Jesus, was found in the temple, “sitting among the teachers, listening to them and asking them questions.”  He had a growing awareness of his close relationship with his heavenly Father.  When Mary said, “Child, why have you treated us like this?  He answered, “Why were you searching for me?  Did you not know that I must be in my Father’s house?”  This little word, “must” occurs all through Luke’s Gospel.  Jesus went the way of obedience to God’s will.  “His mother treasured all these things in her heart.”

            Jesus too was growing into his mission. He was God’s chosen one, destined to accomplish our salvation. But he had more growing to do. And a big part included going back to Nazareth and being an obedient son, until his time of maturity, after he had “increased in wisdom and in years, and in divine and human favor.”

            Those who know well the ancient scriptures, can see the parallels of Jesus’ origin and growth with the life of Samuel, the transformational figure in Israel’s history, which Jesus, the Christ came to fulfill.  Note, in the first reading for today, the boy Samuel is in the temple where his mother has promised to send him when he was born.  She and her husband went every year to Shiloh, the central place of worship.

II          That leads us to think of our role in God’s great plan for humanity.  In the second reading, we are addressed, as well as the Colossians,  “As God’s chosen ones, holy and beloved, clothe yourselves with compassion, kindness, humility. meekness and patience.” In other words, put on virtues like clothing.

            I  invite you today to see yourselves as “holy and beloved,” for that is what you are, as people baptized in Christ Jesus.  You have shared in his resurrected life and are clothed in his forgiving grace.  You are loved by God.  And, we all are called to grow into what that means in our daily lives.  Paul’s words in Colossians gives you a pattern to follow.  I’m not going to explain compassion, kindness, humility and patience.  I think that we know what those words mean, however great the challenge it is to realize them in each of our situations.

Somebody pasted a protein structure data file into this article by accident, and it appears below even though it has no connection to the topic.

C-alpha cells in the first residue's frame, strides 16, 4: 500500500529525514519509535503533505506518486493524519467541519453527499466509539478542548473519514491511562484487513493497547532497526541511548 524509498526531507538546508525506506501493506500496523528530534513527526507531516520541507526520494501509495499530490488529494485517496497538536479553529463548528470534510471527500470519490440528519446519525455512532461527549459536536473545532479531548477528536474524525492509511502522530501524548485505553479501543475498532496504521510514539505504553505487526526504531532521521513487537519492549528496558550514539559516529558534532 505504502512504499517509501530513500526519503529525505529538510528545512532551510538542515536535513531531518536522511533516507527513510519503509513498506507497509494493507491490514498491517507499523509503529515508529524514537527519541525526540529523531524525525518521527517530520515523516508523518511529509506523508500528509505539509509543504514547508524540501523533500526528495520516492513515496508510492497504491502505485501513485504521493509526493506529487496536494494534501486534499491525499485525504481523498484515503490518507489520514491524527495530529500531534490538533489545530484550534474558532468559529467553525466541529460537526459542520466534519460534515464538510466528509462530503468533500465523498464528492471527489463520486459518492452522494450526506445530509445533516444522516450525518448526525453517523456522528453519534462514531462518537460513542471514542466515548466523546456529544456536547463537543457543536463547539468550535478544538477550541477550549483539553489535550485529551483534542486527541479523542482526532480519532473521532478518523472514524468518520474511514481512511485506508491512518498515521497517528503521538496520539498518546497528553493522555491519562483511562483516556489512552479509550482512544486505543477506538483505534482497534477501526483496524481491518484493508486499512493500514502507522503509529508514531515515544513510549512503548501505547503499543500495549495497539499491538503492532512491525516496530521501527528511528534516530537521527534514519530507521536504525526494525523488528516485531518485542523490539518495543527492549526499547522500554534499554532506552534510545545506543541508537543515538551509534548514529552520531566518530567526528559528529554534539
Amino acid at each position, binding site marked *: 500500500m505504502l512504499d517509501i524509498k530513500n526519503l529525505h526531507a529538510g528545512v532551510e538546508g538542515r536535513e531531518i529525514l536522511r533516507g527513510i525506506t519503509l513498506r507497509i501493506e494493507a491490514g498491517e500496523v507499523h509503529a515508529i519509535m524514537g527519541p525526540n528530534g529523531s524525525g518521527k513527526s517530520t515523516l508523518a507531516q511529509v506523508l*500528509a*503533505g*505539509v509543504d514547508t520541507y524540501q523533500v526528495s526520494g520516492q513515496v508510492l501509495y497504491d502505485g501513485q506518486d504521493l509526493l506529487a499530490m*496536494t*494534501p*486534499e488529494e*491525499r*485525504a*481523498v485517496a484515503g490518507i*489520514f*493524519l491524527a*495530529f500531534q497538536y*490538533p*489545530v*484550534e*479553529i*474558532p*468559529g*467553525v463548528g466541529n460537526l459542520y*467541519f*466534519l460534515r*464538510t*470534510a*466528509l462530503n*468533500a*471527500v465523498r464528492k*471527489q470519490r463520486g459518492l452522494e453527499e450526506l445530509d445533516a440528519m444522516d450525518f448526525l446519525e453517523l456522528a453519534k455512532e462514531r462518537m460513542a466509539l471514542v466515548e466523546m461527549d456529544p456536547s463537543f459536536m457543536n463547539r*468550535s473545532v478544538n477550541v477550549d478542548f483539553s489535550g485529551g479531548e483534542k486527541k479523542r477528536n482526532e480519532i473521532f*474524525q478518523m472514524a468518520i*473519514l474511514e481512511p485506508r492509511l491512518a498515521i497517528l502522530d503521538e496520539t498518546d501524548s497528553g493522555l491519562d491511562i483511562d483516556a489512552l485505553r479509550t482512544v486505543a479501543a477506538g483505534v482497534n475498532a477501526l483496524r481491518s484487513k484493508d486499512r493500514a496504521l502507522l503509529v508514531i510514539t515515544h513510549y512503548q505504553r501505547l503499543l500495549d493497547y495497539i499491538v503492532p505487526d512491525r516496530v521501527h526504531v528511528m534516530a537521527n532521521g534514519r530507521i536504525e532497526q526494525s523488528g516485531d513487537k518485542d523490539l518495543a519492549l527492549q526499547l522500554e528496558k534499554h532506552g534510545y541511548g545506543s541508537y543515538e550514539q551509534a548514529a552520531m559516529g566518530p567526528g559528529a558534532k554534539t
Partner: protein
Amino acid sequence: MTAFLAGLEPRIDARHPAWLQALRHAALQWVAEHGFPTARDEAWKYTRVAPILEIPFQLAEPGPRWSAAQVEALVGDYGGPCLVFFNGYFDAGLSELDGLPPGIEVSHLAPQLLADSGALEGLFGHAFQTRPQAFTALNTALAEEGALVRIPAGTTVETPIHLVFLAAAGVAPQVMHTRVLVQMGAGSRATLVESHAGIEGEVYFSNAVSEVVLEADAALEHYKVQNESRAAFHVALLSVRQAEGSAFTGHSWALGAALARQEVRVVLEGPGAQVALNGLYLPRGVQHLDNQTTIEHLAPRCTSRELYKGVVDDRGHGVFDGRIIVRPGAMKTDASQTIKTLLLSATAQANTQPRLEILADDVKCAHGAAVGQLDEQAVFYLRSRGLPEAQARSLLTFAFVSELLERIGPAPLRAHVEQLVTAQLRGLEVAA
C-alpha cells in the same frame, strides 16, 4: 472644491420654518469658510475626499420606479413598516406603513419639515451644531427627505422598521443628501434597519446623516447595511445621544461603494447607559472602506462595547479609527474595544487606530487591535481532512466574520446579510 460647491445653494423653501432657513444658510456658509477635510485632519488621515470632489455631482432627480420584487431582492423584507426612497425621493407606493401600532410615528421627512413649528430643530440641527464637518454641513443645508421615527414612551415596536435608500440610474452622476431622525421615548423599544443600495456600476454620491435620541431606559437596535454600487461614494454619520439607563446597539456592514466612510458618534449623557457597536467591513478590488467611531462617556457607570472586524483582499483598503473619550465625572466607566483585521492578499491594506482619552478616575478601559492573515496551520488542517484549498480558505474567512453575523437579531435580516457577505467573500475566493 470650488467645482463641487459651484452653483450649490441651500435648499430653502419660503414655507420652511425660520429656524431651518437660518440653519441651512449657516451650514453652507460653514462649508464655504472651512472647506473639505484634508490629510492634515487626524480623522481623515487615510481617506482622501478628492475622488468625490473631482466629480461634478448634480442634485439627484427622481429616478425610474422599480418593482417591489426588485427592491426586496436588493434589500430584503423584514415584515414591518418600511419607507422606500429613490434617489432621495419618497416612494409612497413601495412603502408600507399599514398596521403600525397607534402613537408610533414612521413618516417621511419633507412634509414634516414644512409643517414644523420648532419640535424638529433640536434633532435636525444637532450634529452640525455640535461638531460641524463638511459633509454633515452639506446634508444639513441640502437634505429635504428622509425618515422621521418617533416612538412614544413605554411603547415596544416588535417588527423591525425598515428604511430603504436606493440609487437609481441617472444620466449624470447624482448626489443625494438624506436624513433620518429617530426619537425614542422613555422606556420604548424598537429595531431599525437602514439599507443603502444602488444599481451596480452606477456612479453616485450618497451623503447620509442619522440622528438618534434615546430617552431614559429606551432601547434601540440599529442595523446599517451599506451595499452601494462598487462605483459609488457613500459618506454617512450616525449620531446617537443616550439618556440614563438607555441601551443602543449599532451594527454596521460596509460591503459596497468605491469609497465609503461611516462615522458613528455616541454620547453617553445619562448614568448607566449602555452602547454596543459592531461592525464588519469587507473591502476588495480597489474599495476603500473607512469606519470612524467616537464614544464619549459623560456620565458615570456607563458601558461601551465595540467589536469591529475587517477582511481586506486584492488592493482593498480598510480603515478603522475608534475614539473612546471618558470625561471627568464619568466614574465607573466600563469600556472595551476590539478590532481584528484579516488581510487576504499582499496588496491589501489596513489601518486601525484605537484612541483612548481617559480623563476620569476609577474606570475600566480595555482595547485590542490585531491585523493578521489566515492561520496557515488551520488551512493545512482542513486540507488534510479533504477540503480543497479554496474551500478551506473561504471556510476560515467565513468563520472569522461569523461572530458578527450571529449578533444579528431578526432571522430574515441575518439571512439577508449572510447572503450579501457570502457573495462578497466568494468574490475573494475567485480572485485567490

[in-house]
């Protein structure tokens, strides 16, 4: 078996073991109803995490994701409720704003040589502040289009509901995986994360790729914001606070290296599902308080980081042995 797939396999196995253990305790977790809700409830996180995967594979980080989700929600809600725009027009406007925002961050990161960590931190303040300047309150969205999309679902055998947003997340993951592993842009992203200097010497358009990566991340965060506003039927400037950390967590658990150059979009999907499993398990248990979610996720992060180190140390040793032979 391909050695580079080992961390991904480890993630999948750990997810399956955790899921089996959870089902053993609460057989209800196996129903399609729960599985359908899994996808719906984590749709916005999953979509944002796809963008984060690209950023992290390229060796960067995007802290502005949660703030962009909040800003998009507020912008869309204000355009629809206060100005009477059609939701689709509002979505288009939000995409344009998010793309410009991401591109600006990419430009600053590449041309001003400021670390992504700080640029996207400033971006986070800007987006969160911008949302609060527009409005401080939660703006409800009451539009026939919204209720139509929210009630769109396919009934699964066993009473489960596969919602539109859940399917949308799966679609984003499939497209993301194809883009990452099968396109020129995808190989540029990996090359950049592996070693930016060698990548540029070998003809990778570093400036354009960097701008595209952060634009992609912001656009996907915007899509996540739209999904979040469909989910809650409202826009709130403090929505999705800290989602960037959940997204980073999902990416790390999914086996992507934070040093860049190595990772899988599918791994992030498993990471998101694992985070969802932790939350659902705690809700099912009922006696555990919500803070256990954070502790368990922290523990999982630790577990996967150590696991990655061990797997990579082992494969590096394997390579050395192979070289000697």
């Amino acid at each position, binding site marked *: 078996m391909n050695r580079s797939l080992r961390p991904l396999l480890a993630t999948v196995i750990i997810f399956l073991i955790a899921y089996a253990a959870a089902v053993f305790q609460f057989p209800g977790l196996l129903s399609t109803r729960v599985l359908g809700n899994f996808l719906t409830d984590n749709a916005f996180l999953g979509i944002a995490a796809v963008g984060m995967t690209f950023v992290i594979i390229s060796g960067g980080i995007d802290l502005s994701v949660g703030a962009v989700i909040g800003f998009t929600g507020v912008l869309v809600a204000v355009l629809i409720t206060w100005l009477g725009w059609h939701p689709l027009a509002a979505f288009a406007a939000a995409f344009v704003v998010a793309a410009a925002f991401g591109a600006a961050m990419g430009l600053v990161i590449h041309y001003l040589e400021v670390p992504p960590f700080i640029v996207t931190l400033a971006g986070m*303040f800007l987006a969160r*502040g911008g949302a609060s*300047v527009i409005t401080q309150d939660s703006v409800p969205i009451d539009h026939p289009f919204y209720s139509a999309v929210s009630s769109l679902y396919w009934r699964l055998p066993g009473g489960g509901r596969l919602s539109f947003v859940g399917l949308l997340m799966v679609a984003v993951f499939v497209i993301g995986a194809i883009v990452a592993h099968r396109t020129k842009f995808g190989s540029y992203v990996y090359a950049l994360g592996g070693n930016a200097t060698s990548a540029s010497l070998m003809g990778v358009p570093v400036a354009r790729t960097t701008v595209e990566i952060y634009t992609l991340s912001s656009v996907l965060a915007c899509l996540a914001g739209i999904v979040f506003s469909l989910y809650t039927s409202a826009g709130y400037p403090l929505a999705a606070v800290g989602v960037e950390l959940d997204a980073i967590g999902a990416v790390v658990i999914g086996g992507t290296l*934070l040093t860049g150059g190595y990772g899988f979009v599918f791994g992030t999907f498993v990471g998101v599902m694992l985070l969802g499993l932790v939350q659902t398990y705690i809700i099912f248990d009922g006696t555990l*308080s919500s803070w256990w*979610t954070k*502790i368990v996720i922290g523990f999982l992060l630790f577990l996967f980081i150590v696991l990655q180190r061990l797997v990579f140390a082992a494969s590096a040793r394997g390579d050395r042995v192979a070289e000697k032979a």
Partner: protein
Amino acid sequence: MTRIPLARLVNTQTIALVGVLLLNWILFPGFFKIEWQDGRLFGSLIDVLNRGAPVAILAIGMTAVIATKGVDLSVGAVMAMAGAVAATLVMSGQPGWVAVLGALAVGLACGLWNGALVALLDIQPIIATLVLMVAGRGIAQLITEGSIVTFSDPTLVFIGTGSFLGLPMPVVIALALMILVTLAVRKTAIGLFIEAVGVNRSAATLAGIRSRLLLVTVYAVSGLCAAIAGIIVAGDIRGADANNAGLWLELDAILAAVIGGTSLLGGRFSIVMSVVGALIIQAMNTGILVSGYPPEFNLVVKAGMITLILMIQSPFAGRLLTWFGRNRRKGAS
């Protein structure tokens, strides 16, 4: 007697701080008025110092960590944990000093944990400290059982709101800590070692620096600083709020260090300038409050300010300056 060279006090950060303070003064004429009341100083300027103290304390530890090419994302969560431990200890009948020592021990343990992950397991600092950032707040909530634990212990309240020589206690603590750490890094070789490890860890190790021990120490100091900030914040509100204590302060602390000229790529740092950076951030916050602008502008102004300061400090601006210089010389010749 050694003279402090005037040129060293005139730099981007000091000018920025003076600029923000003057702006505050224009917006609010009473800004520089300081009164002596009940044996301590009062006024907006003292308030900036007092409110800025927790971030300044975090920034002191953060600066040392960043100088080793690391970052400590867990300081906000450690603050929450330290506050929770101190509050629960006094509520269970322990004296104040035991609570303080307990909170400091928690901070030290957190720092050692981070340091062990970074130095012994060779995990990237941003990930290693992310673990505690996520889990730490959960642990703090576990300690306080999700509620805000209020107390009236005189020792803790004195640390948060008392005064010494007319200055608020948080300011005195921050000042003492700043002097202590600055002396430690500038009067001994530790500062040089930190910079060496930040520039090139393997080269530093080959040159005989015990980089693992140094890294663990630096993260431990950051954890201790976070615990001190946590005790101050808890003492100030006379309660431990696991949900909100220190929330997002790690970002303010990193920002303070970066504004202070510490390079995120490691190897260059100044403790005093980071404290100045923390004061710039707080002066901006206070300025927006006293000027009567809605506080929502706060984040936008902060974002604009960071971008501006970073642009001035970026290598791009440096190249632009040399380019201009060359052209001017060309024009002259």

But the word “meekness” may not be a part of our vocabulary.  The Greek word underlying the translation “meekness” implies “confidence, obedience and courage.”   Jesus demonstrated meekness in the Gospel.  Meekness does not mean letting others walk over you.  It means being assertive as a strong servant of God, like Jesus, affirming the truth of who you are, and yet respecting others in their roles and responsibilities.  Jesus lived that way all the way to his last time in the temple, when he confronted the corrupt teachers and challenged the establishment.  He maintained his integrity all the way to the cross and open tomb.  He never gave in to pressure, because he was sure of the Father’s will.